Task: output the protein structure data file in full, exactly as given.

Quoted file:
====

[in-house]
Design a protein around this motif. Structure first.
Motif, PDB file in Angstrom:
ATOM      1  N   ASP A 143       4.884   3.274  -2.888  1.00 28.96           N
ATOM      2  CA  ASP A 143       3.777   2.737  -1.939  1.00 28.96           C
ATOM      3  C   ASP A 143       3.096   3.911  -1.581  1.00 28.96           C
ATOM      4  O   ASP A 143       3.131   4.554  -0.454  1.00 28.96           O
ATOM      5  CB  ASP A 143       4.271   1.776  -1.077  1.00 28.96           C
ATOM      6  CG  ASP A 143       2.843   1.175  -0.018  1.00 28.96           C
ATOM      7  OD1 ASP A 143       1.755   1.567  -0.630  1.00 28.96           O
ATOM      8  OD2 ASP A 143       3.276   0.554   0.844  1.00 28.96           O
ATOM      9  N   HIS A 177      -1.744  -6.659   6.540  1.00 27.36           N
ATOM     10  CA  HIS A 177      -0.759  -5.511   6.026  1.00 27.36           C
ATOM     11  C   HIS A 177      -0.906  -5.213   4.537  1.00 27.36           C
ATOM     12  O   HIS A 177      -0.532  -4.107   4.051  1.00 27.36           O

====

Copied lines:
[in-house]
Design a protein around this motif. Structure first.
Motif, PDB file in Angstrom:
ATOM      1  N   ASP A 143       4.884   3.274  -2.888  1.00 28.96           N
ATOM      2  CA  ASP A 143       3.777   2.737  -1.939  1.00 28.96           C
ATOM      3  C   ASP A 143       3.096   3.911  -1.581  1.00 28.96           C
ATOM      4  O   ASP A 143       3.131   4.554  -0.454  1.00 28.96           O
ATOM      5  CB  ASP A 143       4.271   1.776  -1.077  1.00 28.96           C
ATOM      6  CG  ASP A 143       2.843   1.175  -0.018  1.00 28.96           C
ATOM      7  OD1 ASP A 143       1.755   1.567  -0.630  1.00 28.96           O
ATOM      8  OD2 ASP A 143       3.276   0.554   0.844  1.00 28.96           O
ATOM      9  N   HIS A 177      -1.744  -6.659   6.540  1.00 27.36           N
ATOM     10  CA  HIS A 177      -0.759  -5.511   6.026  1.00 27.36           C
ATOM     11  C   HIS A 177      -0.906  -5.213   4.537  1.00 27.36           C
ATOM     12  O   HIS A 177      -0.532  -4.107   4.051  1.00 27.36           O